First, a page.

Sean O'Donnell and Dan Carcillo went to Chicago via free agency, while the Flyers picked up Wayne Simmonds in the Mike Richards trade.

    O'Donnell was a responsible teammate, willing and sufficient heavyweight.

    Carcillo has calmed down since leading the NHL in penalty minutes during his years with the Phoenix Coyotes, but still fought 13 times this past season.

    Carcillo's fight performance was lackluster during the 2010-2011 season but "Carbomb" undoubtedly possesses one of the hardest punches of any middleweight in the league.

    Fortunately for the Flyers, the departure of these two players opens spots for similar replacements.

    O'Donnell was the 6th defenseman on the Flyers' depth chart last season. This season, the Flyers can select from Andreas Lilja, Oscars Bartulis, Erik Gustafsson, or possibly Matt Walker.

    If Walker is the selection, he would be Philadelphia's second heavyweight behind Jody Shelley.

    On the offensive side, Carcillo's departure and the trade of Darroll Powe creates a void in Philadelphia's fourth line checking system. Fortunately, a wrecking ball from the AHL has been on a vicious tear with aims to make the NHL team.

    Zac Rinaldo tied for the AHL lead in fighting majors this past season. When the Flyers needed additional toughness in the playoffs, Rinaldo is who they called on.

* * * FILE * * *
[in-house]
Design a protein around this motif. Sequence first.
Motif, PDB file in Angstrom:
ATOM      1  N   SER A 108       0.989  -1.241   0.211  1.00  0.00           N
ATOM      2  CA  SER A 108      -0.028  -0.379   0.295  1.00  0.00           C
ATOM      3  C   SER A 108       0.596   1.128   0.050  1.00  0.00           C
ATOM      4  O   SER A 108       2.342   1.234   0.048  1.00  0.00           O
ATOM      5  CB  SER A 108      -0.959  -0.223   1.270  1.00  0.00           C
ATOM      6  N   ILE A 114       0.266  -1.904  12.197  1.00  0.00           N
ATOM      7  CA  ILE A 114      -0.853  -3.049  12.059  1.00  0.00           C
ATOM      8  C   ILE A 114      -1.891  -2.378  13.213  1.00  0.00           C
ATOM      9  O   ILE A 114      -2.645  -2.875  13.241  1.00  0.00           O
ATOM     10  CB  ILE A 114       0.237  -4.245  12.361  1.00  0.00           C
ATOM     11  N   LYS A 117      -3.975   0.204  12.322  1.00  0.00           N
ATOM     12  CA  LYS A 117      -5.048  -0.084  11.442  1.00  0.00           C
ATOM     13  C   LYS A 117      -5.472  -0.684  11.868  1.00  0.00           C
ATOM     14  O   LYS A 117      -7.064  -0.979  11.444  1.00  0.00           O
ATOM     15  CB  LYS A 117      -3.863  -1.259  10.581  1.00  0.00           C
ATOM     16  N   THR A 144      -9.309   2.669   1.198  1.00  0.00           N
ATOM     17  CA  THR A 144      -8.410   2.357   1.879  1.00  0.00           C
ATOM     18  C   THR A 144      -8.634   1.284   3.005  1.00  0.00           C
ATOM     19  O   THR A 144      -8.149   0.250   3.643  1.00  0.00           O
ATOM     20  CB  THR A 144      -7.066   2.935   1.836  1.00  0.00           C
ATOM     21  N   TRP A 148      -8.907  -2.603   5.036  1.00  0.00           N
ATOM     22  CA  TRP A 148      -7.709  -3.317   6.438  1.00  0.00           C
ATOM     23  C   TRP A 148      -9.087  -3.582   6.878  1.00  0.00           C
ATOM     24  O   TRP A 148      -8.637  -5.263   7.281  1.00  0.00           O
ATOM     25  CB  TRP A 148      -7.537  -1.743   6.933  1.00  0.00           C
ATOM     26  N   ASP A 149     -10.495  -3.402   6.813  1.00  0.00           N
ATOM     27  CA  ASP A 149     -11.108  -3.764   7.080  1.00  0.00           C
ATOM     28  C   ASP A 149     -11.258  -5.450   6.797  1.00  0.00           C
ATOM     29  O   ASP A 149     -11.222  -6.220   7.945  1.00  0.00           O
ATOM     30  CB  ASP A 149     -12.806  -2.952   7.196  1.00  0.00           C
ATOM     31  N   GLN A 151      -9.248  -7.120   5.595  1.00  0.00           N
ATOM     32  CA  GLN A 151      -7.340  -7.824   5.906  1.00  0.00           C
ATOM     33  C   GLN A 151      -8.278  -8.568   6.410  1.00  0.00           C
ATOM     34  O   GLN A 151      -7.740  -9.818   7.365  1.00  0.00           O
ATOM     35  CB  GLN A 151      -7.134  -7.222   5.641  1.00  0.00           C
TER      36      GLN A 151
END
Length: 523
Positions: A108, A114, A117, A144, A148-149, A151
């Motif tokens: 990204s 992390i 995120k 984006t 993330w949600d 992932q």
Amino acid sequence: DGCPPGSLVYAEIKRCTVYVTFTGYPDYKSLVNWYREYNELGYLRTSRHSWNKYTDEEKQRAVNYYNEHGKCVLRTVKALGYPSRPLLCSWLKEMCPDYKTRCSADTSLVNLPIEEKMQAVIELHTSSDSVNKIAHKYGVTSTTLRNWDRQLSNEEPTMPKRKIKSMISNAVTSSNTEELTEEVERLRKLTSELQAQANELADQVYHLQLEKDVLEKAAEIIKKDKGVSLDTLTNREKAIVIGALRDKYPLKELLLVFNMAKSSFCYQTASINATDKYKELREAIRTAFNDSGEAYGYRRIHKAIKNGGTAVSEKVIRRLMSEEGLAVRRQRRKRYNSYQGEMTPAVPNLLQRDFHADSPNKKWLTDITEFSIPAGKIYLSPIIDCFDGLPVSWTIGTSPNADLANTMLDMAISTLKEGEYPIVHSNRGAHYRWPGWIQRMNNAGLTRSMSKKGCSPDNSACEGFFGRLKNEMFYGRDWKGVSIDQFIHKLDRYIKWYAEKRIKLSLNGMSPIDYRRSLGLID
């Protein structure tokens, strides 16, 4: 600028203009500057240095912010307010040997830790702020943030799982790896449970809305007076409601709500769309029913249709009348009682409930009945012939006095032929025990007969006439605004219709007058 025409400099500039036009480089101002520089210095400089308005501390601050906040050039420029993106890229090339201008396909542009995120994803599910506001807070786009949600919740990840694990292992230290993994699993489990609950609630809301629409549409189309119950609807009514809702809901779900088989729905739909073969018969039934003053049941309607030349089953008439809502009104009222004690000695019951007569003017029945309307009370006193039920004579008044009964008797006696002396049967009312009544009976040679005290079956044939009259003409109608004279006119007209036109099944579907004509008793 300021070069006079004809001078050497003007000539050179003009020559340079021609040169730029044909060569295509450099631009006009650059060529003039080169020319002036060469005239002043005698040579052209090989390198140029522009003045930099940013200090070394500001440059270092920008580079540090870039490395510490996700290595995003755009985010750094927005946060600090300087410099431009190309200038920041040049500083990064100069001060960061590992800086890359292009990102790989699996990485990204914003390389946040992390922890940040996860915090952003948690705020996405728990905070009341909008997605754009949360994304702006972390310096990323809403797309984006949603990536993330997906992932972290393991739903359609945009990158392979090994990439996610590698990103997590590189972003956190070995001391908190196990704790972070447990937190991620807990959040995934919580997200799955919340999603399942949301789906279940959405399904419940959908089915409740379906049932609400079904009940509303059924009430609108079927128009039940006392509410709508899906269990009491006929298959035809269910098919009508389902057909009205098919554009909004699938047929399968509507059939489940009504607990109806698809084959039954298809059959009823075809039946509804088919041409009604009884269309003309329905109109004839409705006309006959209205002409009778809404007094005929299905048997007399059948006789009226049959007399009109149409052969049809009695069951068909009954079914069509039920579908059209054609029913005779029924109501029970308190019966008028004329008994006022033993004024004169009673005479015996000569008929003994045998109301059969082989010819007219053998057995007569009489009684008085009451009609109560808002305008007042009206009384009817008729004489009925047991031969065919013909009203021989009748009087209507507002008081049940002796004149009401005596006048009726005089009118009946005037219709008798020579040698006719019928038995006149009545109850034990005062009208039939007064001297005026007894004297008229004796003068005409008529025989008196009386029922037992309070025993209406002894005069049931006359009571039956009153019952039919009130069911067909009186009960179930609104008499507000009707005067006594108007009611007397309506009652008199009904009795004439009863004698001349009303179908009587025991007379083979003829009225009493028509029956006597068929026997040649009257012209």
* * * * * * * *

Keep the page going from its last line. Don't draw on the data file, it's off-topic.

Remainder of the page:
Another new addition who should contribute to the action is Maxime Talbot. As previously noted, some of Talbot's actions helped contribute to the intense rivalry between the Islanders and Penguins last season. His personality on the ice is sure to cause more trouble this year.

    In a wrap-up of this offseason, the Flyers will potentially have Jody Shelley, Walker, Rinaldo and Simmonds, which is an improvement over last year's set of Shelley, O'Donnell and Carcillo.

    It may not take long for something to get started this year; the Flyers play Sean Avery and the New York Rangers during the preseason.

    With this fight fresh in Philadelphia's mind, a young player (like Rinaldo) attempting to prove his worth might go after Avery as means of retribution.

Pittsburgh Penguins

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    The Penguins appeared to be the NHL's toughest team last season until being shown up by the New York Islanders.

    The lineup featured one of the NHL's top fighters (and a rookie at that) in Deryk Engelland, who declared his arrival with clear victories over Colton Orr and Jody Shelley.

    Also included was big Mike Rupp and one of the game's best middleweights in Arron Asham.

    Eric Godard played just under 20 games last season, but when he dressed he was the best fighter in the lineup.

    Though the Penguins lost Rupp to the Rangers and Godard to the Dallas Stars, the Penguins signed a player who is arguably the league's best fighter, Steve MacIntyre.

    MacIntyre will likely not play any more than Godard did, but when he's in the lineup the Penguins will have a super-heavyweight as increased protection for the skilled players such as Sidney Crosby and Evgeni Malkin.

    The lineup Pittsburgh will dress on most nights will consist of just Engelland and Asham.